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Discussion Starter · #67 ·
Probably the last startup before tearing it apart again for repainting. Sync was a little out, so I adjusted the idle screws, turning the idle screw a fraction results in a big difference to the manometer. Happily, the mufflers do an excellent job of quieting the beast.
 

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Probably the last startup before tearing it apart again for repainting. Sync was a little out, so I adjusted the idle screws, turning the idle screw a fraction results in a big difference to the manometer. Happily, the mufflers do an excellent job of quieting the beast.
Sounds awesome! Looking forward to hearing a ride-by.
 

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Discussion Starter · #69 ·
I thought I’d make one more video before tearing the bike apart. This one deals with carb syncing with a manometer.

This manometer has a relatively large body of water, and the vacuum lines are fitted with a .6mm jet. This has the effect of slowing down the movement of water stabilising the readings and making the device extremely accurate. Just a miniscule turn of either idle screw or throttle adjustment screw greatly effects the fluid levels.

I have great trouble with my fingers, so you'll notice me changing hands frequently trying to turn the adjustment screws. I also turned the adjustment screws the wrong way a few times, putting the levels out.

 

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ONLY for bikes that do not have an accelerator pump, with the engine not running and after setting the synch running...
I've found that manipulating the throttle a few times (full open then let it slam closed) will make the synch adjusters sort of take a "set" like they will be after in use for a while. Then I start the engine again and see if the original setting stayed the same or if fine adjustments are needed. Sometimes you find them off a bit after a few slams, sometimes not. Of course you wouldn't want to do that if the machine has accelerator pumps because that would flood the heck out of it. Some people claim that I am a perfectionist... Could be true? ;)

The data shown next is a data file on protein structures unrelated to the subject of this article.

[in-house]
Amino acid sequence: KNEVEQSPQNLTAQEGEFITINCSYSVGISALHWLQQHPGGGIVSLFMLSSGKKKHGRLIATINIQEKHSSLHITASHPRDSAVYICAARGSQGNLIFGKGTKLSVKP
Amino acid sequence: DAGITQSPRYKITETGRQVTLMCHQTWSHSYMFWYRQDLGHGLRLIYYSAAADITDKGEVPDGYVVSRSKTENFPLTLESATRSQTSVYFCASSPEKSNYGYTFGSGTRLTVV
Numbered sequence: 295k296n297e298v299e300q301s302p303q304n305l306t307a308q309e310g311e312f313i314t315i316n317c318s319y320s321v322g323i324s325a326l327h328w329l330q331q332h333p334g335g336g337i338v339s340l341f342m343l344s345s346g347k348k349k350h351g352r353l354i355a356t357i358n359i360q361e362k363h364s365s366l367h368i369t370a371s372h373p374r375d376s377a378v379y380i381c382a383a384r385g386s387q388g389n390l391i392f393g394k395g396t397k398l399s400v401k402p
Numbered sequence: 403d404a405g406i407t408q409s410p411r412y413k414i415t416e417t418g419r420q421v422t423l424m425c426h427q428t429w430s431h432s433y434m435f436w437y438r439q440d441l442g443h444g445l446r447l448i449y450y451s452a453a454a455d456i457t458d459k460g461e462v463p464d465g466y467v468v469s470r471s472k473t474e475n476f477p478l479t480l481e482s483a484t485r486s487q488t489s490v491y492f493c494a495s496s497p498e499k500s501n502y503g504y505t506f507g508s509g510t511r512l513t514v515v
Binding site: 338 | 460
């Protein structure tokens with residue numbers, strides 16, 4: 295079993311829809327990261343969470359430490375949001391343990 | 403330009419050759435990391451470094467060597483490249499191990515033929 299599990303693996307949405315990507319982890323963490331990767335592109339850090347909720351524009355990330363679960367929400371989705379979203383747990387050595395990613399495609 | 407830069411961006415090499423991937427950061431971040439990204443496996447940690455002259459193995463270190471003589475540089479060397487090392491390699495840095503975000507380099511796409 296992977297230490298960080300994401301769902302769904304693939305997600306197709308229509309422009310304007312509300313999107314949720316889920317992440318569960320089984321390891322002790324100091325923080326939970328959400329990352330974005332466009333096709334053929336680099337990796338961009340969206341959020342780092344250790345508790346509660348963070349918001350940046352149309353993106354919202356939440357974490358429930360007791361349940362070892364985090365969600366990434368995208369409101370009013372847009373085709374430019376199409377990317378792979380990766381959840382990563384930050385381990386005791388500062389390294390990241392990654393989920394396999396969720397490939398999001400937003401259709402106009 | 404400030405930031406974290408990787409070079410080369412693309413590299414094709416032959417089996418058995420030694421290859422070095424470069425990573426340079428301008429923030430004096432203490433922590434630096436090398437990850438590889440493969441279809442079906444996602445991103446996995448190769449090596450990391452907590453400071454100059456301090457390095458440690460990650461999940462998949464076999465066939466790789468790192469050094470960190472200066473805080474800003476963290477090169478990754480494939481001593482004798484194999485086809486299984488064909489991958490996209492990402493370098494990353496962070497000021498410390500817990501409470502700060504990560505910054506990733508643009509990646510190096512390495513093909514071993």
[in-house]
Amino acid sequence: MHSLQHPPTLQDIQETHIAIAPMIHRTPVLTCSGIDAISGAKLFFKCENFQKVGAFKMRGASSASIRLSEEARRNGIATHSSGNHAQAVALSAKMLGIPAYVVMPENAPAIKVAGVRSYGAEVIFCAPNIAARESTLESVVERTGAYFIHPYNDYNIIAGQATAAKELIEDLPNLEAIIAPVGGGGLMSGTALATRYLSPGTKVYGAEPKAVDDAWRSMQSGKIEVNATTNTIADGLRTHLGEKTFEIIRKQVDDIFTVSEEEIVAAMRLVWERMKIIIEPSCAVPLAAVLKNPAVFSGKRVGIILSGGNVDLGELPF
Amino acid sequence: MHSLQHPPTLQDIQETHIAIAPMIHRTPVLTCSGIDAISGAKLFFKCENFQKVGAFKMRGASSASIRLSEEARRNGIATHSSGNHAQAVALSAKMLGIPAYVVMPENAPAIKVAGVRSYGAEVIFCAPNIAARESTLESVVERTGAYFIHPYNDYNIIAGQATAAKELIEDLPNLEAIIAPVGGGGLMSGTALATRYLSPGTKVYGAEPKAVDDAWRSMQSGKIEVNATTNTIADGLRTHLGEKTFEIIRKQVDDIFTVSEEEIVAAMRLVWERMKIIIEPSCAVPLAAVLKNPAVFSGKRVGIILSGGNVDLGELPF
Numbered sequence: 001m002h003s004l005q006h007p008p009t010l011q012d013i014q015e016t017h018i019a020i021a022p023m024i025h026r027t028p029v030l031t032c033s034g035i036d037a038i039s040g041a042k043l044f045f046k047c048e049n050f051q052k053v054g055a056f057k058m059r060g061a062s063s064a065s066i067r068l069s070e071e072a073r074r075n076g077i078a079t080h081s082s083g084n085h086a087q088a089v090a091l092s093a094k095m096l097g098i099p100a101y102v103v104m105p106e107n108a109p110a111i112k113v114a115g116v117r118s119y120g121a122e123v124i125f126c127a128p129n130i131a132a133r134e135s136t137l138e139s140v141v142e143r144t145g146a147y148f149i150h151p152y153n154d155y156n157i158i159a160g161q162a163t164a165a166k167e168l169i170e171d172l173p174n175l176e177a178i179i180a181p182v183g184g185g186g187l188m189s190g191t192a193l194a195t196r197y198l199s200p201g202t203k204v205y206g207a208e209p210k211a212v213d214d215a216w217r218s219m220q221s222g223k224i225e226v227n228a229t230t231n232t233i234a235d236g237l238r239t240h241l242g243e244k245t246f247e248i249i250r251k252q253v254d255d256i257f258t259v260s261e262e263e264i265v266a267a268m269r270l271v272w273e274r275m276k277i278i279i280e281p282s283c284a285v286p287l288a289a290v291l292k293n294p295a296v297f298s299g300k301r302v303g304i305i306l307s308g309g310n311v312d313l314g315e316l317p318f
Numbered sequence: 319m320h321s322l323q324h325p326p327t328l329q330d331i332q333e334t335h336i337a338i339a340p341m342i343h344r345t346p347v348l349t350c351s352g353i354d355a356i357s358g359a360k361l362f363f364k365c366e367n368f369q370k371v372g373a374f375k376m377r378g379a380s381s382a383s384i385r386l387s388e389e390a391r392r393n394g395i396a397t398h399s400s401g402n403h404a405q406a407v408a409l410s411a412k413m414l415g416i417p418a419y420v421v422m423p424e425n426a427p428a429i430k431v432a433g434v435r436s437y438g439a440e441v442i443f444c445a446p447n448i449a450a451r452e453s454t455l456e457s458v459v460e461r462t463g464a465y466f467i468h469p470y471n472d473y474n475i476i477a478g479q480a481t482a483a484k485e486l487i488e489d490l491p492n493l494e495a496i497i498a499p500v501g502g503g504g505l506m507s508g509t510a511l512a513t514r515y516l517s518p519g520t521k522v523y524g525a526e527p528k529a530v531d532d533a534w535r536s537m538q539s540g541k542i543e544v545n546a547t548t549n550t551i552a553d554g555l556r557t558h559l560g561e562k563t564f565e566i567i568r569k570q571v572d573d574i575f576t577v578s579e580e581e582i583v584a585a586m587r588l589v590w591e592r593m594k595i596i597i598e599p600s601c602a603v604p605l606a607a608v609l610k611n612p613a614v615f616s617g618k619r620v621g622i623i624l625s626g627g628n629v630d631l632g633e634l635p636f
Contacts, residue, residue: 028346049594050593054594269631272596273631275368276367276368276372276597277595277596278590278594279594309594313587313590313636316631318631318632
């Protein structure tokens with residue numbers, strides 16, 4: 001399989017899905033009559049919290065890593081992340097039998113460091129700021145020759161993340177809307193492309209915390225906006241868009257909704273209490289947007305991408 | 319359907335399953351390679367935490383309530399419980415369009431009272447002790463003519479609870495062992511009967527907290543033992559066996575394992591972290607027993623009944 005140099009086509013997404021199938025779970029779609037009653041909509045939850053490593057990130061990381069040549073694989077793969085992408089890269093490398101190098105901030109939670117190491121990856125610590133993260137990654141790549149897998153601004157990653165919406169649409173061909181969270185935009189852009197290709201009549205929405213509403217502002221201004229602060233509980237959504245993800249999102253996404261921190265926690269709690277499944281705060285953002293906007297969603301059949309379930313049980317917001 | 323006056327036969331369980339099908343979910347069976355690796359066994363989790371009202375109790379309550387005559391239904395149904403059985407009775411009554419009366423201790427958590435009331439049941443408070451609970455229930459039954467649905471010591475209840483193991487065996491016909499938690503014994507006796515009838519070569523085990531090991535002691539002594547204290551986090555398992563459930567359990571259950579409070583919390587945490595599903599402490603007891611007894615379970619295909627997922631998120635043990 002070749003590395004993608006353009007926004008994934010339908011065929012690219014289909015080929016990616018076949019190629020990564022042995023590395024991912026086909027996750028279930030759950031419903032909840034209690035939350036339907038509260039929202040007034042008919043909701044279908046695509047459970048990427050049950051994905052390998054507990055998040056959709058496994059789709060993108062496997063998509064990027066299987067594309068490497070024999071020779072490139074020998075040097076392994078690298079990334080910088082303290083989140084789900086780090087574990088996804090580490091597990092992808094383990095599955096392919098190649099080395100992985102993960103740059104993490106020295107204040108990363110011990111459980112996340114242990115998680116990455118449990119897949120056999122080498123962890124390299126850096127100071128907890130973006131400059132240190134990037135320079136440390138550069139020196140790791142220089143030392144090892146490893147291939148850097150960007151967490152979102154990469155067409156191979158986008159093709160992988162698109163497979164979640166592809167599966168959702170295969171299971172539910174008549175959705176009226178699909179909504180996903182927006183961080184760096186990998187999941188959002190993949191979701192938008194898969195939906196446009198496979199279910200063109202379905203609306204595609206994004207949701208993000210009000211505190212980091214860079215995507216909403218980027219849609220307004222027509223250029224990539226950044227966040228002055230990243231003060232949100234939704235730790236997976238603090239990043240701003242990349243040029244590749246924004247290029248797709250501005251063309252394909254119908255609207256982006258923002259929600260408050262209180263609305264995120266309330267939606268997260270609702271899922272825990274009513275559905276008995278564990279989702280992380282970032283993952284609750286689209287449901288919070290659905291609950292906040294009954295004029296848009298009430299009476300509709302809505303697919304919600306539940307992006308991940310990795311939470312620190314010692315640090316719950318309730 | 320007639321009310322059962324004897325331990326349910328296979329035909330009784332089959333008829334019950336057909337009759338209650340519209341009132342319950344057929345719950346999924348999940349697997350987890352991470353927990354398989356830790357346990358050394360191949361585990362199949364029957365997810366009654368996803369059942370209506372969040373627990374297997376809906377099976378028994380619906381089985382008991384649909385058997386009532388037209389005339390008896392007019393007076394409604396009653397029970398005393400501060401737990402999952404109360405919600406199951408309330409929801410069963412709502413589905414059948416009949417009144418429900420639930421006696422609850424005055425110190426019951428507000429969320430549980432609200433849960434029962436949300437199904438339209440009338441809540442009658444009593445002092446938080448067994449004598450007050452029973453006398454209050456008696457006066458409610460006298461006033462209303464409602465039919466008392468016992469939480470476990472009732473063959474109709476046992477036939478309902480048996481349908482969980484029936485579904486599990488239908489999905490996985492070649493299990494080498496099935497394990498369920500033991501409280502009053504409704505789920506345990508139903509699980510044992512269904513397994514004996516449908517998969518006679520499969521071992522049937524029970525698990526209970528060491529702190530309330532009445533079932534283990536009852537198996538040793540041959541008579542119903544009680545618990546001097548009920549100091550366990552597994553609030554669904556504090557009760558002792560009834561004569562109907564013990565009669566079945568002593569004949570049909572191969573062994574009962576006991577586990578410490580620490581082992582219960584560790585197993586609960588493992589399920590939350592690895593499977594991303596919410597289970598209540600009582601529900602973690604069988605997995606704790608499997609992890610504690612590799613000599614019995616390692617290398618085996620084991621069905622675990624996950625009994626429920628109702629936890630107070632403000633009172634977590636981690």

BTW. What a fine machine you are building. (y) Are you going back to black?

S F
 

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I probably didn't explain well enough.
After you set the synch like normal with the engine running shut the engine off then "work" the throttle letting it slam shut a few times. (Engine not running). The idea is to make the springs on the adjusters change, settle or relive any abnormal tension they may have from the screws turning against the springs. After the springs "settle" (for lack of a better description) sometimes that will alter the synch. THEN start the engine again and re-check the synch. If you find it still set correctly you're done. If the synch is off a little (because roughly manipulating the throttle changed it) adjust the synch again then do the shut engine off, slam throttle, start engine again and check synch again. I've found that just blipping the throttle with the engine running does not always make the springs/adjusters "settle in" the way they will from a bunch of on/off throttle real world riding. Bikes will run just fine if the synch is not perfect, so there is that.